Clinical Study | Open | Published:

Impact of tumour RAS/BRAF status in a first-line study of panitumumab + FOLFIRI in patients with metastatic colorectal cancer

British Journal of Cancer volume 115, pages 12151222 (08 November 2016) | Download Citation

Abstract

Background:

To investigate tumour biomarker status and efficacy of first-line panitumumab+FOLFIRI for metastatic colorectal carcinoma (mCRC).

Methods:

154 patients received first-line panitumumab + FOLFIRI every 14 days. Primary end point was objective response rate (ORR). Data were analysed by tumour RAS (KRAS/NRAS) and BRAF status, and baseline amphiregulin (AREG) expression.

Results:

Objective responses occurred more frequently in RAS wild type (WT) (59%) vs RAS mutant (MT) (41%) mCRC and in RAS WT/BRAF WT (68%) vs RAS or BRAF MT (37%) disease. Median response duration was longer in RAS WT (13.0 months) vs RAS MT (5.8 months) (hazard ratio (HR): 0.16). Median progression-free survival was longer in RAS WT vs MT (11.2 vs 7.3 months; HR, 0.37) and was also longer in RAS WT/BRAF WT vs RAS or BRAF MT (13.2 vs 6.9 months; HR, 0.25). Incidence of adverse events was similar regardless of RAS/BRAF status, and no new safety signals were noted. Among patients with RAS WT tumours, ORR was 67% with high AREG expression and 38% with low AREG expression.

Conclusions:

First-line panitumumab+FOLFIRI was associated with favourable efficacy in patients with RAS WT and RAS WT/BRAF WT vs MT mCRC tumours and was well tolerated.

Main

FOLFIRI (folinic acid, infusional 5-fluorouracil, and irinotecan) is a recommended first- and second-line chemotherapy backbone in the treatment of metastatic colorectal cancer (mCRC) (National Comprehensive Cancer Network, 2015). Following a recent review by the European Medicines Agency (EMA), both of the epidermal growth factor receptor (EGFR) inhibitors – panitumumab and cetuximab – are now approved in Europe for first-line use in combination with FOLFIRI or FOLFOX (folinic acid, infusional 5-fluorouracil, and oxaliplatin) in patients with RAS wild-type (WT) mCRC.

In the first-line setting, EGFR inhibitors were originally indicated in patients with KRAS WT mCRC in combination with either FOLFOX (panitumumab or cetuximab) or FOLFIRI (cetuximab). Subsequently, mutations were identified in KRAS and NRAS in 17% of patients with non-mutated KRAS exon 2 in the phase III PRIME trial of panitumumab + FOLFOX vs FOLFOX alone (Douillard et al, 2013). As a result, EGFR inhibitor use was refined to include only those patients with RAS WT disease. At the same time, studies also identified BRAF as an important negative prognostic – though not predictive – marker for survival in patients with mCRC, regardless of treatment (Phipps et al, 2012; Douillard et al, 2013; Peeters et al, 2013, 2014a, c). Tumour expression of the biomarker amphiregulin (AREG) has also been correlated with survival during anti-EGFR therapy (Jacobs et al, 2009; Loupakis et al, 2014).

The improved risk–benefit profile of EGFR inhibitor treatment in patients selected by RAS status was later verified in trials of first- and second-line FOLFOX and FOLFIRI in combination with panitumumab or cetuximab (Douillard et al, 2013; Heinemann et al, 2014a, 2014b; Venook et al, 2014; Bokemeyer et al, 2015; Van Cutsem et al, 2015). Importantly, patients with RAS mutant (MT) tumours showed no improvement in efficacy with the addition of EGFR inhibitor compared with chemotherapy alone. Indeed, there is some evidence that EGFR inhibitors combined with FOLFOX in such patients are detrimental compared with FOLFOX alone (Douillard et al, 2013; Bokemeyer et al, 2015), and EGFR inhibitors should therefore not be given to patients with RAS MT tumours.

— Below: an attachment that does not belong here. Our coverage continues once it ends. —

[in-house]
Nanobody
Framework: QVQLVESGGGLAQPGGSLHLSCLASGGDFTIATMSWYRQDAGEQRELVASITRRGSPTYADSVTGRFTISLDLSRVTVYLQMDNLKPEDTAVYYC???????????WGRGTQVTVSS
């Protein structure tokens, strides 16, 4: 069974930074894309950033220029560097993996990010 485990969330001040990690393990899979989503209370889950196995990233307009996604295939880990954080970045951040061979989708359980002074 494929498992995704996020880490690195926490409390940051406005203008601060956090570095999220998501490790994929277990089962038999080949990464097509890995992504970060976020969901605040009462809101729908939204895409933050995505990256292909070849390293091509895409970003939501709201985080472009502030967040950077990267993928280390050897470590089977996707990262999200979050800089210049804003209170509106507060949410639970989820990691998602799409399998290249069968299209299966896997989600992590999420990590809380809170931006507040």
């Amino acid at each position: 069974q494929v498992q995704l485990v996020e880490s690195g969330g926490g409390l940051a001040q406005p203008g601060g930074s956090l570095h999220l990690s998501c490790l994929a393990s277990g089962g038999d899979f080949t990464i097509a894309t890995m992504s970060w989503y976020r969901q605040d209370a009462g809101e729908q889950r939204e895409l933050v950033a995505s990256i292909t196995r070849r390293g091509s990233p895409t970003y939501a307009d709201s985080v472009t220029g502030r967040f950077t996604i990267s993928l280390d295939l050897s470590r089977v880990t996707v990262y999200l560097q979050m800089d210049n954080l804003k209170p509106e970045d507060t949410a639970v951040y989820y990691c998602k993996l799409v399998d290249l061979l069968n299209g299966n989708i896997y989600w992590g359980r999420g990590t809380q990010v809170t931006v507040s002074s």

Panitumumab plus FOLFIRI demonstrated superiority over FOLFIRI alone in a second-line phase II trial that demonstrated improved progression-free survival (PFS) in patients with RAS WT mCRC, although overall survival (OS) was not significantly different in this study (Peeters et al, 2014b). The only published study of first-line panitumumab plus FOLFIRI in mCRC is a single-arm trial that indicated the efficacy and predictable safety profile of the combination in KRAS WT patients (Köhne et al, 2012), although preliminary data have been presented from a phase II study in which panitumumab plus FOLFOX4 or FOLFIRI was evaluated in patients with KRAS WT colorectal cancer and liver-limited disease (Abad et al, 2014). Here, we present a retrospective analysis of this first-line trial of panitumumab plus FOLFIRI, reporting efficacy and safety data for first-line FOLFIRI plus panitumumab according to tumour RAS/BRAF status and AREG levels in patients with mCRC.

Patients and methods

Study design

This is a retrospective analysis of data from a phase II, single-arm study (NCT 00508404); full details of the study design have been presented previously (Köhne et al, 2012). In brief, first-line panitumumab (6 mg kg−1) + FOLFIRI were administered every 14 days until progression, unacceptable toxicity or withdrawal of consent. If FOLFIRI was withdrawn or suspended as a result of toxicity, panitumumab could be continued, and vice versa.